• G03F9/7003Alignment type or strategy, e.g. leveling, global alignment
    • G03F9/7023Aligning or positioning in direction perpendicular to substrate surface
    • G03F9/7034Leveling
    • GPHYSICS
    • G03PHOTOGRAPHY; CINEMATOGRAPHY; ELECTROGRAPHY; HOLOGRAPHY
    • G03FPHOTOMECHANICAL PRODUCTION OF TEXTURED OR PATTERNED SURFACES, e.g. FOR PRINTING, FOR PROCESSING OF SEMICONDUCTOR DEVICES; MATERIALS THEREFOR; ORIGINALS THEREFOR; APPARATUS SPECIALLY ADAPTED THEREFOR
    • G03F9/00Registration or positioning of originals, masks, frames, photographic sheets or textured or patterned surfaces, e.g. automatically
    • G03F9/70Registration or positioning of originals, masks, frames, photographic sheets or textured or patterned surfaces, e.g. automatically for microlithography
    • G03F9/7088Alignment mark detection, e.g. TTR, TTL, off-axis detection, array detector, video detection
    • GPHYSICS
    • G03PHOTOGRAPHY; CINEMATOGRAPHY; ELECTROGRAPHY; HOLOGRAPHY
    • G03FPHOTOMECHANICAL PRODUCTION OF TEXTURED OR PATTERNED SURFACES, e.g. FOR PRINTING, FOR PROCESSING OF SEMICONDUCTOR DEVICES; MATERIALS THEREFOR; ORIGINALS THEREFOR; APPARATUS SPECIALLY ADAPTED THEREFOR
    • G03F7/00Photomechanical, e.g. photolithographic, production of textured or patterned surfaces, e.g. printing surfaces; Materials therefor, e.g. comprising photoresists; Apparatus specially adapted therefor
    • G03F7/0002Lithographic processes using patterning methods other than those involving the exposure to radiation, e.g. by stamping

Abstract

The invention provides a level sensor configured to determine a height level of a surface of a substrate supported on a movable substrate support, the level sensor including multiple projection units, multiple detection units, and a processing unit to calculate a height level for each of a plurality of measurement locations on the basis of the measurement beams from the projection units, wherein the level sensor is configured to measure height levels simultaneously at multiple measurement locations on the substrate, wherein the substrate support is configured to move the substrate in a first direction substantially parallel to the surface of the substrate to measure a height level at different locations on the substrate, and wherein at least part of the multiple measurement locations are at least spaced in a second direction that is substantially parallel to the surface of the substrate and perpendicular to the first direction.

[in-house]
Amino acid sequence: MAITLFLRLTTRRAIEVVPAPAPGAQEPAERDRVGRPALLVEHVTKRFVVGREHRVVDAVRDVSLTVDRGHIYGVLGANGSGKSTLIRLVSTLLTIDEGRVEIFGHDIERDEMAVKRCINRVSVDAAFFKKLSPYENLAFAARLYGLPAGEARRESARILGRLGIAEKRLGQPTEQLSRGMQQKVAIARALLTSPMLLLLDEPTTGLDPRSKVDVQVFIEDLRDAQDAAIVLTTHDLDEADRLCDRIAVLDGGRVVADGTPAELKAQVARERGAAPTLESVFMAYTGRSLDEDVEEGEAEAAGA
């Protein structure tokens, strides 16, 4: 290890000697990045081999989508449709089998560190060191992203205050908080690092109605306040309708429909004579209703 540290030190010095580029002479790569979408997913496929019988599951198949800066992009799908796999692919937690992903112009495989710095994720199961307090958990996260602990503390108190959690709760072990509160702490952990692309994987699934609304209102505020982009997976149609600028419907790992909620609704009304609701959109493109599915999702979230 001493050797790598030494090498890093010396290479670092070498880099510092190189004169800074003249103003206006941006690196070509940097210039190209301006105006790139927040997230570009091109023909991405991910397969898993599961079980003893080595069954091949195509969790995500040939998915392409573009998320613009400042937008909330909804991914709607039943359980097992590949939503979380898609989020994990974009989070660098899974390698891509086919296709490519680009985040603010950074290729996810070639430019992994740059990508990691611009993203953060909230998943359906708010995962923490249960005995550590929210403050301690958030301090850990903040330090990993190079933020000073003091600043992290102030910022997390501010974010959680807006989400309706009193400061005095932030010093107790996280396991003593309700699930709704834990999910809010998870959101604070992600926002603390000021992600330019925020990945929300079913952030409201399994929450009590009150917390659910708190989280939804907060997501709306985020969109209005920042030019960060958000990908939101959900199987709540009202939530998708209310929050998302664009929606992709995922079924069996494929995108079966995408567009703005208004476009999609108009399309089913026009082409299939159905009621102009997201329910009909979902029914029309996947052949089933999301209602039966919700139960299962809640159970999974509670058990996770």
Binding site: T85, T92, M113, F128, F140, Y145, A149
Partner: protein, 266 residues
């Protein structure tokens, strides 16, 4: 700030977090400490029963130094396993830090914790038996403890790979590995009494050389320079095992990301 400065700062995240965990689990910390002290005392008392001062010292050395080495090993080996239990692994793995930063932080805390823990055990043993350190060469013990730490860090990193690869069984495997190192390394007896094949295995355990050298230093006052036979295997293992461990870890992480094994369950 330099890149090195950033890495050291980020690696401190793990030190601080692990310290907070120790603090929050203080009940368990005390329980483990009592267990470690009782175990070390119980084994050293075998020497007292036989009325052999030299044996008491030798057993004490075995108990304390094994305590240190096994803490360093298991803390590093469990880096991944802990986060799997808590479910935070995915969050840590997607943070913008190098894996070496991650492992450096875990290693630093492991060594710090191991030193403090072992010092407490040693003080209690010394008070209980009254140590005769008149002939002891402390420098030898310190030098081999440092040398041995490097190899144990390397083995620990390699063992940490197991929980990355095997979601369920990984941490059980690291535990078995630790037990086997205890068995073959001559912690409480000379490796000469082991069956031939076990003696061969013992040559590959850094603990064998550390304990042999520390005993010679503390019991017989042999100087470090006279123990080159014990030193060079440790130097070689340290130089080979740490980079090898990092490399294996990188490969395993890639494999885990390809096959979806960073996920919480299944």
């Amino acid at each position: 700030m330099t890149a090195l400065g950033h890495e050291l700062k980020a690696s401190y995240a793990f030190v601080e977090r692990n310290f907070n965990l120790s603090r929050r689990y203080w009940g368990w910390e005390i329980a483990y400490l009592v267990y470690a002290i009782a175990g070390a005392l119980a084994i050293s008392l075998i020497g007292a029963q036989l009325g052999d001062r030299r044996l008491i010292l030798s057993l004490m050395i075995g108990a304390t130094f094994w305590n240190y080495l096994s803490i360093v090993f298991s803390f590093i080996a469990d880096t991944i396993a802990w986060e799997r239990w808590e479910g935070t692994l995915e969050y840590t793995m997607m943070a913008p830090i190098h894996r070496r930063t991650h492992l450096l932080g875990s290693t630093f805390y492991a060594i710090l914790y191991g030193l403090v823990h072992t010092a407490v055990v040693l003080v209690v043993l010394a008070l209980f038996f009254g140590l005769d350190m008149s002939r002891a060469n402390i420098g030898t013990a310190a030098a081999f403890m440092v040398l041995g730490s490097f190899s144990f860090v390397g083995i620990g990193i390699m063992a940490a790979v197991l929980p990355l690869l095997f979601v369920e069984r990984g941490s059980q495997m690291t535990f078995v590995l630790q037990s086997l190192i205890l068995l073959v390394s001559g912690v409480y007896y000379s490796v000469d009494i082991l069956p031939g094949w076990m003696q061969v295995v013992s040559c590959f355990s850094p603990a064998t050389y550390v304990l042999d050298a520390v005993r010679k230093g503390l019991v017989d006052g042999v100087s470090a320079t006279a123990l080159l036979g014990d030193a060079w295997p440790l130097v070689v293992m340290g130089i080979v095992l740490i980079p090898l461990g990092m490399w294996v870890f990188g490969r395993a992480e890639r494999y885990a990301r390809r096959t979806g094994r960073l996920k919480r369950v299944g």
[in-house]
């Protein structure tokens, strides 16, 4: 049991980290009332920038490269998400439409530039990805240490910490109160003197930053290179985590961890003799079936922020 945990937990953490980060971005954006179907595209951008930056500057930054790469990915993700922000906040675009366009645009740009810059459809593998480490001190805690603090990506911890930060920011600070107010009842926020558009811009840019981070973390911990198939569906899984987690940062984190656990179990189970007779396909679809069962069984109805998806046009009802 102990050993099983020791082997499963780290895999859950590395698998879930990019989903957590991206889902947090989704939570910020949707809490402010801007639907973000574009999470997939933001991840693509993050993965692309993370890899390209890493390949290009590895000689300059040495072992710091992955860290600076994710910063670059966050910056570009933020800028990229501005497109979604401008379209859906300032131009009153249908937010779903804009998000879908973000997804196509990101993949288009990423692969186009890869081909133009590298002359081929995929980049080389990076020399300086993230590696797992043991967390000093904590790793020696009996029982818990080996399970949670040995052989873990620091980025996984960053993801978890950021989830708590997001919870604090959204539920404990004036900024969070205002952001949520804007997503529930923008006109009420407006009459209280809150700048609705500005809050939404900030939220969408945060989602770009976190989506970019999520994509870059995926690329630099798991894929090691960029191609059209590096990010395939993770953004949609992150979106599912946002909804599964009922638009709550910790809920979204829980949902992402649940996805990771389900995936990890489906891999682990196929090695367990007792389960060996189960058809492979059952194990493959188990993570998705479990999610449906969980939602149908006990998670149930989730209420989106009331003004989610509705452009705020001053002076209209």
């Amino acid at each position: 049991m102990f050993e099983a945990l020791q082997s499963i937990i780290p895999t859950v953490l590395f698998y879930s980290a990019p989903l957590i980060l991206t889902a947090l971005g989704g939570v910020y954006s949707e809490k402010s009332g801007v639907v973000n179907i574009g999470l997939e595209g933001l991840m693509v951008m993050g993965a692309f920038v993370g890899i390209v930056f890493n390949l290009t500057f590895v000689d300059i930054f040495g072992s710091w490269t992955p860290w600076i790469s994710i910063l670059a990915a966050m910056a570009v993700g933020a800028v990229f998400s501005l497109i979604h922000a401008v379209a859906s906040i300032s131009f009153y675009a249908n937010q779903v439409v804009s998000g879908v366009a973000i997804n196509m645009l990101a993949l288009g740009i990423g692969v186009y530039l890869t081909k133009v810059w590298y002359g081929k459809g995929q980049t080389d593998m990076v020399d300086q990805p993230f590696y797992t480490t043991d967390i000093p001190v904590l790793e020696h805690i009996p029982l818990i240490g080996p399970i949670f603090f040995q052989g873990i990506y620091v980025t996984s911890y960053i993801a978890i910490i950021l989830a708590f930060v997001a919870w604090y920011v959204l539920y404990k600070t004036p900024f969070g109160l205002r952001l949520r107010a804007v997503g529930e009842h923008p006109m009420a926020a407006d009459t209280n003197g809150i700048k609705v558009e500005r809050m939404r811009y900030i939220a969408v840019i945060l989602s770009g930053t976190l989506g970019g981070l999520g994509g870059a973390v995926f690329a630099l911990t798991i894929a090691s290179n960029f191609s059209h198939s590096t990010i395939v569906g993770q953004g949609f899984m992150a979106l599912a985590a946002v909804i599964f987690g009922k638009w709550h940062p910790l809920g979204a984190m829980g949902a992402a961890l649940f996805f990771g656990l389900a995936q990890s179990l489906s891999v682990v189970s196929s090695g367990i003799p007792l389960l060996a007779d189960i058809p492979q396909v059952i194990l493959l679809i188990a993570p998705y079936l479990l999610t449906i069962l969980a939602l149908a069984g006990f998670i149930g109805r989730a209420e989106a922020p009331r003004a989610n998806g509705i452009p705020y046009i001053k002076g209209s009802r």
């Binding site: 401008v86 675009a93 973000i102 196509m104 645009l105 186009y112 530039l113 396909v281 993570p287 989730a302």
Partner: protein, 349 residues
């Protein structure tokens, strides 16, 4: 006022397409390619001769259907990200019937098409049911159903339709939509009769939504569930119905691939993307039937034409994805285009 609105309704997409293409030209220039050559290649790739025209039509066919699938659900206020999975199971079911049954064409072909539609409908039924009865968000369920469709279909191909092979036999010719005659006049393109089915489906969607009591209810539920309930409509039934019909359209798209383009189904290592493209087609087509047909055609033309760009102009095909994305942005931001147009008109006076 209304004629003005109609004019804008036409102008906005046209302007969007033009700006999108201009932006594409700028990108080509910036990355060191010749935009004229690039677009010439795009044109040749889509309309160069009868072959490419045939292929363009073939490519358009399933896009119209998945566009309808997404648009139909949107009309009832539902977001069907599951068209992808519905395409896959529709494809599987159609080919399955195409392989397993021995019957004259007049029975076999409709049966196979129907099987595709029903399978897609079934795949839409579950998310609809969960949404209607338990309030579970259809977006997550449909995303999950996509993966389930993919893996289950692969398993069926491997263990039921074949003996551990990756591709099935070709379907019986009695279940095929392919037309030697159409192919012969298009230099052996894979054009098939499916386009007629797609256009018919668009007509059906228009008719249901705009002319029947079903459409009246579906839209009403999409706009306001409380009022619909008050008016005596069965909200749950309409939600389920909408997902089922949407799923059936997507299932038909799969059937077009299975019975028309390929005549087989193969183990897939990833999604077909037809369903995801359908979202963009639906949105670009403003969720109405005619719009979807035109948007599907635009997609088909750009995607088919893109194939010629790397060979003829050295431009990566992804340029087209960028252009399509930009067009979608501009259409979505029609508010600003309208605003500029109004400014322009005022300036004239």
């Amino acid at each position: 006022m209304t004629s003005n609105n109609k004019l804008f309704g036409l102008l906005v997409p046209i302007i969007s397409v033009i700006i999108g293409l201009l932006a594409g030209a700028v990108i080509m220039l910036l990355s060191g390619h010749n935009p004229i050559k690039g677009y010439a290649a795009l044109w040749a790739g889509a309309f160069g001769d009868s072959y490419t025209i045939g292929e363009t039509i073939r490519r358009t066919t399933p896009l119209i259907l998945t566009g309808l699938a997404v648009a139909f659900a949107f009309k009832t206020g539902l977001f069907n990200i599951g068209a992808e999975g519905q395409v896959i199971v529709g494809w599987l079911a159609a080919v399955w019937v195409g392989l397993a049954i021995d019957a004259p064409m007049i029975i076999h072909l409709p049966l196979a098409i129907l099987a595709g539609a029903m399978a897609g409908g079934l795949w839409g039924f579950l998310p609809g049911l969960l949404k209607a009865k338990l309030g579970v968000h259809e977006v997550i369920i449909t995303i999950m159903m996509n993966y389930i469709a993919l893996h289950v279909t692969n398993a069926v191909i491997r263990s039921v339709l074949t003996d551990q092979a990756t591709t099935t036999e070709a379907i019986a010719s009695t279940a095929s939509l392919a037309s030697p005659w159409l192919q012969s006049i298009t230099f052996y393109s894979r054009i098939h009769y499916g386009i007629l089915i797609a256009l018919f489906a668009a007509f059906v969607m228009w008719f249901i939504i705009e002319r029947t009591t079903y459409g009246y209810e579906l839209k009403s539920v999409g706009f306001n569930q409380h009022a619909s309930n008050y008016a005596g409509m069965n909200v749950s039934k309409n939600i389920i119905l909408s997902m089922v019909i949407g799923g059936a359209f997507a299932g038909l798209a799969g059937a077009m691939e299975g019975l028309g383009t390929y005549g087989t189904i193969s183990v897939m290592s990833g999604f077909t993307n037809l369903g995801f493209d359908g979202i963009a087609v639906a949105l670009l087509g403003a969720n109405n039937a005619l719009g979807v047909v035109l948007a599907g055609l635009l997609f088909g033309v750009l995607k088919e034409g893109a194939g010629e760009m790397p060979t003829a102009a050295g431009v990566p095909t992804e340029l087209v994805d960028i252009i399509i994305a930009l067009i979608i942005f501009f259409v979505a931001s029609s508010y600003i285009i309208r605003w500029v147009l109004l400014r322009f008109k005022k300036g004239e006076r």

Description

This application is a continuation-in-part application of U.S. patent application Ser. No. 12/722,924, entitled “Lithographic Apparatus and Device Manufacturing Method”, filed Mar. 12, 2010 now U.S. Pat. No. 8,351,024, which claims priority and benefit to U.S. Provisional patent application Ser. No. 61/160,126, entitled “Level Sensor Arrangement for Lithographic Apparatus and Device Manufacturing Method”, filed on Mar. 13, 2009. The contents of each of the foregoing applications is incorporated herein in its entirety by reference.